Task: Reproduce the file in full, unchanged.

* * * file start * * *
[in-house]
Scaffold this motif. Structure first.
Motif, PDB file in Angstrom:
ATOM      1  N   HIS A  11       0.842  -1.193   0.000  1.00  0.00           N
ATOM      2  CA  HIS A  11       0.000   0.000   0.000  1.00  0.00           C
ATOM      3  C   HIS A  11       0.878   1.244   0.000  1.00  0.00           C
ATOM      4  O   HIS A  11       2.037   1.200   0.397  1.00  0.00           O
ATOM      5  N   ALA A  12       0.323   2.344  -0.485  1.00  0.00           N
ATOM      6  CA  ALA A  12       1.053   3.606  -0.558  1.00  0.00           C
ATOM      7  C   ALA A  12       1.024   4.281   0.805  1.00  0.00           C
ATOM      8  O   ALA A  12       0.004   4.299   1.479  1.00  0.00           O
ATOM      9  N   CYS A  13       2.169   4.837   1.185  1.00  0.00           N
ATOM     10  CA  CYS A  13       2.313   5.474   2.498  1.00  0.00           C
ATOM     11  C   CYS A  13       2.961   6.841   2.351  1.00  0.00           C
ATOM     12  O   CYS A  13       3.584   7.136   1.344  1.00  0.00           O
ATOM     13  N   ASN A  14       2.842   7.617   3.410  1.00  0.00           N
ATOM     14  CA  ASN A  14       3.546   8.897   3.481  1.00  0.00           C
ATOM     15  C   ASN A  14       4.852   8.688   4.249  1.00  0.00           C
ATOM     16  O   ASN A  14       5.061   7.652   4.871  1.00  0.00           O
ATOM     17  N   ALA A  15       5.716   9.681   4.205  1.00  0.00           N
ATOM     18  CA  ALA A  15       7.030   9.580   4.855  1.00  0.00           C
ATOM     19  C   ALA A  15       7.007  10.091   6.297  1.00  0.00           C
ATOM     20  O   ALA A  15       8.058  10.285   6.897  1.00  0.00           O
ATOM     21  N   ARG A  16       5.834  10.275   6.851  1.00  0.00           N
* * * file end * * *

[in-house]
Scaffold this motif. Structure first.
Motif, PDB file in Angstrom:
ATOM      1  N   HIS A  11       0.842  -1.193   0.000  1.00  0.00           N
ATOM      2  CA  HIS A  11       0.000   0.000   0.000  1.00  0.00           C
ATOM      3  C   HIS A  11       0.878   1.244   0.000  1.00  0.00           C
ATOM      4  O   HIS A  11       2.037   1.200   0.397  1.00  0.00           O
ATOM      5  N   ALA A  12       0.323   2.344  -0.485  1.00  0.00           N
ATOM      6  CA  ALA A  12       1.053   3.606  -0.558  1.00  0.00           C
ATOM      7  C   ALA A  12       1.024   4.281   0.805  1.00  0.00           C
ATOM      8  O   ALA A  12       0.004   4.299   1.479  1.00  0.00           O
ATOM      9  N   CYS A  13       2.169   4.837   1.185  1.00  0.00           N
ATOM     10  CA  CYS A  13       2.313   5.474   2.498  1.00  0.00           C
ATOM     11  C   CYS A  13       2.961   6.841   2.351  1.00  0.00           C
ATOM     12  O   CYS A  13       3.584   7.136   1.344  1.00  0.00           O
ATOM     13  N   ASN A  14       2.842   7.617   3.410  1.00  0.00           N
ATOM     14  CA  ASN A  14       3.546   8.897   3.481  1.00  0.00           C
ATOM     15  C   ASN A  14       4.852   8.688   4.249  1.00  0.00           C
ATOM     16  O   ASN A  14       5.061   7.652   4.871  1.00  0.00           O
ATOM     17  N   ALA A  15       5.716   9.681   4.205  1.00  0.00           N
ATOM     18  CA  ALA A  15       7.030   9.580   4.855  1.00  0.00           C
ATOM     19  C   ALA A  15       7.007  10.091   6.297  1.00  0.00           C
ATOM     20  O   ALA A  15       8.058  10.285   6.897  1.00  0.00           O
ATOM     21  N   ARG A  16       5.834  10.275   6.851  1.00  0.00           N